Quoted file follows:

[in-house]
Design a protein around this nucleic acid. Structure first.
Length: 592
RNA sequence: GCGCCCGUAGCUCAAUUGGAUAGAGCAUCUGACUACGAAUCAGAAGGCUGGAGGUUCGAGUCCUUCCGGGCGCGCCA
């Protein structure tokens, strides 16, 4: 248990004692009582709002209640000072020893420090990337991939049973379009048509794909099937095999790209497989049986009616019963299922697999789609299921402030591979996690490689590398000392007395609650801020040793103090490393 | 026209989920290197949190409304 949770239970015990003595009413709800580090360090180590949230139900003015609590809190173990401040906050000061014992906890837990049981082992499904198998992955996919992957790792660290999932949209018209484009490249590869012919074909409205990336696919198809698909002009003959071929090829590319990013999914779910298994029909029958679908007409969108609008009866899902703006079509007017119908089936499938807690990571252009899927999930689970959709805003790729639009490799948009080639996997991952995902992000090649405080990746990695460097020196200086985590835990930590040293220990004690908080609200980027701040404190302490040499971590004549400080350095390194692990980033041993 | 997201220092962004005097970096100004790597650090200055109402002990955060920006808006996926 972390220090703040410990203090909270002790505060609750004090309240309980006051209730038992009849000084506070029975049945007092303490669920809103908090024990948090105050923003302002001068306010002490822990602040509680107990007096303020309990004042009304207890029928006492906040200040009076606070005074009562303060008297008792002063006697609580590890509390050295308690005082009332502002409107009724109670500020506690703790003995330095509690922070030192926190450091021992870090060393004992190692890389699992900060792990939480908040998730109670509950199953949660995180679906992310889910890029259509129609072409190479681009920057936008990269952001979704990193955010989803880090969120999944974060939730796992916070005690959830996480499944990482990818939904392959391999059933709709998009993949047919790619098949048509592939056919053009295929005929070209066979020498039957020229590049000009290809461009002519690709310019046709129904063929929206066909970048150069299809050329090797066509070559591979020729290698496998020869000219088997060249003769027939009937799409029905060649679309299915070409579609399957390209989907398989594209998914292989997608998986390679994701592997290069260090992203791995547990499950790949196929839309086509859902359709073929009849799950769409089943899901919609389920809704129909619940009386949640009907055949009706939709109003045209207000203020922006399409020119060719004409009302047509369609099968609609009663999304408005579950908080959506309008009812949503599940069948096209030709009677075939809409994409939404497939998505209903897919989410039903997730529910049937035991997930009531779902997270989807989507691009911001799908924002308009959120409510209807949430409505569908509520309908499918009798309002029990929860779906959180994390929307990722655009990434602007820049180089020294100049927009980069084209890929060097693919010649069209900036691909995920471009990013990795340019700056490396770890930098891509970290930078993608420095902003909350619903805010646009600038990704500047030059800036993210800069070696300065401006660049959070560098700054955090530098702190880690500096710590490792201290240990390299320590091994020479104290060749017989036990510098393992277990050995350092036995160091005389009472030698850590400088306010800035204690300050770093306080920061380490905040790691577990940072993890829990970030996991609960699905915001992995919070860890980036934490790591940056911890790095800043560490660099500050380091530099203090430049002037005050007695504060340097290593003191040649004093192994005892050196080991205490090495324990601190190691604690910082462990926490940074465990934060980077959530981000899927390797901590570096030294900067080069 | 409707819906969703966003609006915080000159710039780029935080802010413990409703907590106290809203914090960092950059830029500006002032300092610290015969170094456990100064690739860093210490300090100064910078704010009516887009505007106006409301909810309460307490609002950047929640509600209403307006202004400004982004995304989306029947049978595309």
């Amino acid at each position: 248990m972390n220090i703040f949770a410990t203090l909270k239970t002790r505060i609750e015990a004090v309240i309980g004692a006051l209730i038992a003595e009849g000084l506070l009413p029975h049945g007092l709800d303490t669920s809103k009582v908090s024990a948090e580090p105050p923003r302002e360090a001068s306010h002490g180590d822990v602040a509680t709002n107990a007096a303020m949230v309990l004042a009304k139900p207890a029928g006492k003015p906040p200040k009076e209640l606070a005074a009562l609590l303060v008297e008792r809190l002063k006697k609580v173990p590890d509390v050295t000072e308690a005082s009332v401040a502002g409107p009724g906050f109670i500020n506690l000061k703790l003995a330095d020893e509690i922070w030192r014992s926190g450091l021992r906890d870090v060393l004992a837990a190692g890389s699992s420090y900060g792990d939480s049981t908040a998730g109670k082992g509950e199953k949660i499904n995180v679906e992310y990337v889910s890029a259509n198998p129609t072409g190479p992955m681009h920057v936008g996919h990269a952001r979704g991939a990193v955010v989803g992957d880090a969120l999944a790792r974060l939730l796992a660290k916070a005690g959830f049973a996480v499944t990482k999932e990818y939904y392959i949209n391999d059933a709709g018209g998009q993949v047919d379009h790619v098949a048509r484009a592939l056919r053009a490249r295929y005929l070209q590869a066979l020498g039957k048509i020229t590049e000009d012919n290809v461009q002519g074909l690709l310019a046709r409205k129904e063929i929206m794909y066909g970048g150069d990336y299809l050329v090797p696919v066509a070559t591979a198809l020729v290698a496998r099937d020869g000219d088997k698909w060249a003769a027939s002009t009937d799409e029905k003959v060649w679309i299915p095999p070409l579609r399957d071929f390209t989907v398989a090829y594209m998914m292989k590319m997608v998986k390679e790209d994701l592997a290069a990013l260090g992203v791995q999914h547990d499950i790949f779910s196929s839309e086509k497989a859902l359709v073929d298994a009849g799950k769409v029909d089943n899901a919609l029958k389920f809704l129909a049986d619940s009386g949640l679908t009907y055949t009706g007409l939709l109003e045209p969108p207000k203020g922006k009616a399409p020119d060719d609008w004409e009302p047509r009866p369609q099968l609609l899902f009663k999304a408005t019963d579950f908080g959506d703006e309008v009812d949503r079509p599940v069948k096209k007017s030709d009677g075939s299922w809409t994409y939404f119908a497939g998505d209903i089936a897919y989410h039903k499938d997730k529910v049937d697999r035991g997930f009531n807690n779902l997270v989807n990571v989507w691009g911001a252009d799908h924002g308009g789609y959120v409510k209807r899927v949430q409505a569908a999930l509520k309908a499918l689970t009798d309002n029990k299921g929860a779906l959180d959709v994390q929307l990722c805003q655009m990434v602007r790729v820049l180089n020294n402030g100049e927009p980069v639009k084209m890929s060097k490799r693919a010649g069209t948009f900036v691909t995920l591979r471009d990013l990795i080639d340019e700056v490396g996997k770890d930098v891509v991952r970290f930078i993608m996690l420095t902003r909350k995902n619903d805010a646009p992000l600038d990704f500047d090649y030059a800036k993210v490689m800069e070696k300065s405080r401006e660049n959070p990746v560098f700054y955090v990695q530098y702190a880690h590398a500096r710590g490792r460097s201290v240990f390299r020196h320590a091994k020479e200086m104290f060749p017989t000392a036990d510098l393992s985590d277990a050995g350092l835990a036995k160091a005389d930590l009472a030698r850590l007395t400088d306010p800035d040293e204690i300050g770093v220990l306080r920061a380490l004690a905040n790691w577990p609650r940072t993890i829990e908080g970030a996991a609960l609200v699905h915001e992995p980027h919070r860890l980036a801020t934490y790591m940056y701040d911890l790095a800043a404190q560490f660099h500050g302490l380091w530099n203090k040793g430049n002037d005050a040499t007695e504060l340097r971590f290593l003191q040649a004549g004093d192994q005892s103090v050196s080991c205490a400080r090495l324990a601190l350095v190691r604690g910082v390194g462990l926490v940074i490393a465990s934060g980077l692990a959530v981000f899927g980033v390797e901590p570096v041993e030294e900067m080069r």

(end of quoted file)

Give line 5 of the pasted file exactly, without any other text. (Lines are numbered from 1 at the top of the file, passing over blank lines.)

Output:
């Protein structure tokens, strides 16, 4: 248990004692009582709002209640000072020893420090990337991939049973379009048509794909099937095999790209497989049986009616019963299922697999789609299921402030591979996690490689590398000392007395609650801020040793103090490393 | 026209989920290197949190409304 949770239970015990003595009413709800580090360090180590949230139900003015609590809190173990401040906050000061014992906890837990049981082992499904198998992955996919992957790792660290999932949209018209484009490249590869012919074909409205990336696919198809698909002009003959071929090829590319990013999914779910298994029909029958679908007409969108609008009866899902703006079509007017119908089936499938807690990571252009899927999930689970959709805003790729639009490799948009080639996997991952995902992000090649405080990746990695460097020196200086985590835990930590040293220990004690908080609200980027701040404190302490040499971590004549400080350095390194692990980033041993 | 997201220092962004005097970096100004790597650090200055109402002990955060920006808006996926 972390220090703040410990203090909270002790505060609750004090309240309980006051209730038992009849000084506070029975049945007092303490669920809103908090024990948090105050923003302002001068306010002490822990602040509680107990007096303020309990004042009304207890029928006492906040200040009076606070005074009562303060008297008792002063006697609580590890509390050295308690005082009332502002409107009724109670500020506690703790003995330095509690922070030192926190450091021992870090060393004992190692890389699992900060792990939480908040998730109670509950199953949660995180679906992310889910890029259509129609072409190479681009920057936008990269952001979704990193955010989803880090969120999944974060939730796992916070005690959830996480499944990482990818939904392959391999059933709709998009993949047919790619098949048509592939056919053009295929005929070209066979020498039957020229590049000009290809461009002519690709310019046709129904063929929206066909970048150069299809050329090797066509070559591979020729290698496998020869000219088997060249003769027939009937799409029905060649679309299915070409579609399957390209989907398989594209998914292989997608998986390679994701592997290069260090992203791995547990499950790949196929839309086509859902359709073929009849799950769409089943899901919609389920809704129909619940009386949640009907055949009706939709109003045209207000203020922006399409020119060719004409009302047509369609099968609609009663999304408005579950908080959506309008009812949503599940069948096209030709009677075939809409994409939404497939998505209903897919989410039903997730529910049937035991997930009531779902997270989807989507691009911001799908924002308009959120409510209807949430409505569908509520309908499918009798309002029990929860779906959180994390929307990722655009990434602007820049180089020294100049927009980069084209890929060097693919010649069209900036691909995920471009990013990795340019700056490396770890930098891509970290930078993608420095902003909350619903805010646009600038990704500047030059800036993210800069070696300065401006660049959070560098700054955090530098702190880690500096710590490792201290240990390299320590091994020479104290060749017989036990510098393992277990050995350092036995160091005389009472030698850590400088306010800035204690300050770093306080920061380490905040790691577990940072993890829990970030996991609960699905915001992995919070860890980036934490790591940056911890790095800043560490660099500050380091530099203090430049002037005050007695504060340097290593003191040649004093192994005892050196080991205490090495324990601190190691604690910082462990926490940074465990934060980077959530981000899927390797901590570096030294900067080069 | 409707819906969703966003609006915080000159710039780029935080802010413990409703907590106290809203914090960092950059830029500006002032300092610290015969170094456990100064690739860093210490300090100064910078704010009516887009505007106006409301909810309460307490609002950047929640509600209403307006202004400004982004995304989306029947049978595309």